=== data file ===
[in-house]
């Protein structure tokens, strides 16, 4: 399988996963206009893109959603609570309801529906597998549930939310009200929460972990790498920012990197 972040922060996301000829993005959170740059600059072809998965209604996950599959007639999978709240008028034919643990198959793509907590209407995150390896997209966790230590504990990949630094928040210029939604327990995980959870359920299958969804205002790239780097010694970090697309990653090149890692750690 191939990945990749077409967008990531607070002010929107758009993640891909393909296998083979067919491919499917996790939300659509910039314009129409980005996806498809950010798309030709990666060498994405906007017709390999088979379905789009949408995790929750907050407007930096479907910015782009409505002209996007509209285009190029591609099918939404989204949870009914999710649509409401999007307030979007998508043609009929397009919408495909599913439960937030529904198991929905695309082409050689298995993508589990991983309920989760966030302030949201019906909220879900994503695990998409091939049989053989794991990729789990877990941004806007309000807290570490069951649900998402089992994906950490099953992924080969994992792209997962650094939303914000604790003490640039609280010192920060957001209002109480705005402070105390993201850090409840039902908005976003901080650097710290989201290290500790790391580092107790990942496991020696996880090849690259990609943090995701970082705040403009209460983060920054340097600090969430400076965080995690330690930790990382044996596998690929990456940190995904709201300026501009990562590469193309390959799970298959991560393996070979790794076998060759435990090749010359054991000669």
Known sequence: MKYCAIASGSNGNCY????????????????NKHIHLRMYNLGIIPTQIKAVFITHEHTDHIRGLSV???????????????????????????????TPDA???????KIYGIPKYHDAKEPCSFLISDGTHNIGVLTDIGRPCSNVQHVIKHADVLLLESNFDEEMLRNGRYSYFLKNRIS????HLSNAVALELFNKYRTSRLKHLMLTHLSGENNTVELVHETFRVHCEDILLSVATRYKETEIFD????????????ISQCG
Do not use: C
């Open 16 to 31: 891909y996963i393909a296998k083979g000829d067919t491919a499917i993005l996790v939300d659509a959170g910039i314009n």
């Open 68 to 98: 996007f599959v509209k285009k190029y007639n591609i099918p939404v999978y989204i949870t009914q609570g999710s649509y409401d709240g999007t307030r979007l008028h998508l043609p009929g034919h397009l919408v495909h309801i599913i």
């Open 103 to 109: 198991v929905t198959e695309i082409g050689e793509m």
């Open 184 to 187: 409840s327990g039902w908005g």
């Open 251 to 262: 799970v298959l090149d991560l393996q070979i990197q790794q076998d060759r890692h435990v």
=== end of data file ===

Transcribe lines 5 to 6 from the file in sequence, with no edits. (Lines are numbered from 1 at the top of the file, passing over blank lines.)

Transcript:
């Open 16 to 31: 891909y996963i393909a296998k083979g000829d067919t491919a499917i993005l996790v939300d659509a959170g910039i314009n």
């Open 68 to 98: 996007f599959v509209k285009k190029y007639n591609i099918p939404v999978y989204i949870t009914q609570g999710s649509y409401d709240g999007t307030r979007l008028h998508l043609p009929g034919h397009l919408v495909h309801i599913i």